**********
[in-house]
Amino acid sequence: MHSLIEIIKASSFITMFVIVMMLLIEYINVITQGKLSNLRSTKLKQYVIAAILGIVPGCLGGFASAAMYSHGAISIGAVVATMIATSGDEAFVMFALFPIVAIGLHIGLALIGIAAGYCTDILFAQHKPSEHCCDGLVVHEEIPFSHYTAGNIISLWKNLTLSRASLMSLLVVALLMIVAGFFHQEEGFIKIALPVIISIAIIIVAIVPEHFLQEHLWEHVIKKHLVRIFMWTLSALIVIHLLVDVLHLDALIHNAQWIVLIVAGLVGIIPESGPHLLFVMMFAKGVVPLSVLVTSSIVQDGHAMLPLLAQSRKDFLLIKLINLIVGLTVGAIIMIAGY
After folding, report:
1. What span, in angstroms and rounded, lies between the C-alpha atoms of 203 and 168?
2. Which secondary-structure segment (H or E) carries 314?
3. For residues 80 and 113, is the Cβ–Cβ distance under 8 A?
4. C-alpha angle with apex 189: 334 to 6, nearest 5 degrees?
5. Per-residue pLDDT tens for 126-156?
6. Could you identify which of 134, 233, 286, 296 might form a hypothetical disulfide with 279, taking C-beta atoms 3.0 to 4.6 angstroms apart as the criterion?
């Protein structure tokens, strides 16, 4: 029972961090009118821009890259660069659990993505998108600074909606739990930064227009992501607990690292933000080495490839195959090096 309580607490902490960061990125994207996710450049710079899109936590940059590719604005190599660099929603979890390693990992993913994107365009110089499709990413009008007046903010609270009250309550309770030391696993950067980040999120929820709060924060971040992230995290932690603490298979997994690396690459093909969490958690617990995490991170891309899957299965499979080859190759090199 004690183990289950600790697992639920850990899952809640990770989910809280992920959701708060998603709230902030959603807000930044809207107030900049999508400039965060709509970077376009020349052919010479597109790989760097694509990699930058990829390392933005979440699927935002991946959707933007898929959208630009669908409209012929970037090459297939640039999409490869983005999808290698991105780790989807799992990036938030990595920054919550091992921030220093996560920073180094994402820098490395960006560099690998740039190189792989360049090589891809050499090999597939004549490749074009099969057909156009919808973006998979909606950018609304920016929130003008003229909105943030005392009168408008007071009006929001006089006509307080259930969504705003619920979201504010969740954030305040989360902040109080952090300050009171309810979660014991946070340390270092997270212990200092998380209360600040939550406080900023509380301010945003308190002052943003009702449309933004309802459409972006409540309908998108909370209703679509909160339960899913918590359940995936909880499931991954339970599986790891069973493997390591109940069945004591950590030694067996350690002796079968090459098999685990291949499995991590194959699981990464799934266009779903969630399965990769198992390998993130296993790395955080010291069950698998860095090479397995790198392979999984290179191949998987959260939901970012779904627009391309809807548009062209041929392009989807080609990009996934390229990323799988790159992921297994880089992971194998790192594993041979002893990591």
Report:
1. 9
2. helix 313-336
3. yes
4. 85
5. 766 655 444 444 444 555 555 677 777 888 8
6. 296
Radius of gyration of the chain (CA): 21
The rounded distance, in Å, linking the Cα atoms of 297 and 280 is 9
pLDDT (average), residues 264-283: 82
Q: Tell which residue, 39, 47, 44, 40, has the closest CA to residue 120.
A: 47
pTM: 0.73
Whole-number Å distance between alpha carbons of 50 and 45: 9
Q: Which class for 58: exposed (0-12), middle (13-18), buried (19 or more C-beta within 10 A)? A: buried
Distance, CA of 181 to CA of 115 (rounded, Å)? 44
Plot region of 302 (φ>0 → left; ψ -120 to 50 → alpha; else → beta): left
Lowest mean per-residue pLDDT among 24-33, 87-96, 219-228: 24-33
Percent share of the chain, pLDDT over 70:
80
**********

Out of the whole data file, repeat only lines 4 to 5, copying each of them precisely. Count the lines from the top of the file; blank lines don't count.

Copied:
1. What span, in angstroms and rounded, lies between the C-alpha atoms of 203 and 168?
2. Which secondary-structure segment (H or E) carries 314?